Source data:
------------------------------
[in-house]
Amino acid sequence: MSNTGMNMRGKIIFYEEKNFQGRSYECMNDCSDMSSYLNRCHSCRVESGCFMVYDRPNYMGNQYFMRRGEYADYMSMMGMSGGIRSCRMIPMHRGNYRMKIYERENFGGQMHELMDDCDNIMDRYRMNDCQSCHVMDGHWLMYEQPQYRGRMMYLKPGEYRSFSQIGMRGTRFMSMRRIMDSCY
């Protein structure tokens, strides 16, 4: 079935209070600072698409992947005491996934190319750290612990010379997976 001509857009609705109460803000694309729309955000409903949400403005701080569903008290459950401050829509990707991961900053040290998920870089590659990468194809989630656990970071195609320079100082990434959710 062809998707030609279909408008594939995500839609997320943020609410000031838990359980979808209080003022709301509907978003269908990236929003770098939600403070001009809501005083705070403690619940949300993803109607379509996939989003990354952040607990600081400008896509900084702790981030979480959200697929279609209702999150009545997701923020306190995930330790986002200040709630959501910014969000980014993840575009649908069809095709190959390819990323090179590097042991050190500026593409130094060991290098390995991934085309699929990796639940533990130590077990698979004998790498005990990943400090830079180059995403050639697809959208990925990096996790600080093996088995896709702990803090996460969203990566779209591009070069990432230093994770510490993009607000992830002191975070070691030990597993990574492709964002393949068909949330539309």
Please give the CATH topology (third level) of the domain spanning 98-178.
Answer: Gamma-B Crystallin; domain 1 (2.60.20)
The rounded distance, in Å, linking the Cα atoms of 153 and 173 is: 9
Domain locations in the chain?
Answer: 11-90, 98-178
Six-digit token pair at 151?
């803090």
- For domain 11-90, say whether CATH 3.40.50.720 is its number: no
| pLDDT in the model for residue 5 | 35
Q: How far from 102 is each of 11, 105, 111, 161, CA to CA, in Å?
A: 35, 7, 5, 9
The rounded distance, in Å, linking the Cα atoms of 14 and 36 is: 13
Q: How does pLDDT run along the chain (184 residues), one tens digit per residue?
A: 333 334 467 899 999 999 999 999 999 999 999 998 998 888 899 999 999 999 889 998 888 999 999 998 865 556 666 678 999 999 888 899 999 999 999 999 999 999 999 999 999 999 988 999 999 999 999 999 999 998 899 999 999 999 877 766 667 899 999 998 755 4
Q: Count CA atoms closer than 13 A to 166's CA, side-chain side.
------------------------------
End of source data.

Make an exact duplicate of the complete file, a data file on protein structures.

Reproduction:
[in-house]
Amino acid sequence: MSNTGMNMRGKIIFYEEKNFQGRSYECMNDCSDMSSYLNRCHSCRVESGCFMVYDRPNYMGNQYFMRRGEYADYMSMMGMSGGIRSCRMIPMHRGNYRMKIYERENFGGQMHELMDDCDNIMDRYRMNDCQSCHVMDGHWLMYEQPQYRGRMMYLKPGEYRSFSQIGMRGTRFMSMRRIMDSCY
């Protein structure tokens, strides 16, 4: 079935209070600072698409992947005491996934190319750290612990010379997976 001509857009609705109460803000694309729309955000409903949400403005701080569903008290459950401050829509990707991961900053040290998920870089590659990468194809989630656990970071195609320079100082990434959710 062809998707030609279909408008594939995500839609997320943020609410000031838990359980979808209080003022709301509907978003269908990236929003770098939600403070001009809501005083705070403690619940949300993803109607379509996939989003990354952040607990600081400008896509900084702790981030979480959200697929279609209702999150009545997701923020306190995930330790986002200040709630959501910014969000980014993840575009649908069809095709190959390819990323090179590097042991050190500026593409130094060991290098390995991934085309699929990796639940533990130590077990698979004998790498005990990943400090830079180059995403050639697809959208990925990096996790600080093996088995896709702990803090996460969203990566779209591009070069990432230093994770510490993009607000992830002191975070070691030990597993990574492709964002393949068909949330539309």
Please give the CATH topology (third level) of the domain spanning 98-178.
Answer: Gamma-B Crystallin; domain 1 (2.60.20)
The rounded distance, in Å, linking the Cα atoms of 153 and 173 is: 9
Domain locations in the chain?
Answer: 11-90, 98-178
Six-digit token pair at 151?
């803090």
- For domain 11-90, say whether CATH 3.40.50.720 is its number: no
| pLDDT in the model for residue 5 | 35
Q: How far from 102 is each of 11, 105, 111, 161, CA to CA, in Å?
A: 35, 7, 5, 9
The rounded distance, in Å, linking the Cα atoms of 14 and 36 is: 13
Q: How does pLDDT run along the chain (184 residues), one tens digit per residue?
A: 333 334 467 899 999 999 999 999 999 999 999 998 998 888 899 999 999 999 889 998 888 999 999 998 865 556 666 678 999 999 888 899 999 999 999 999 999 999 999 999 999 999 988 999 999 999 999 999 999 998 899 999 999 999 877 766 667 899 999 998 755 4
Q: Count CA atoms closer than 13 A to 166's CA, side-chain side.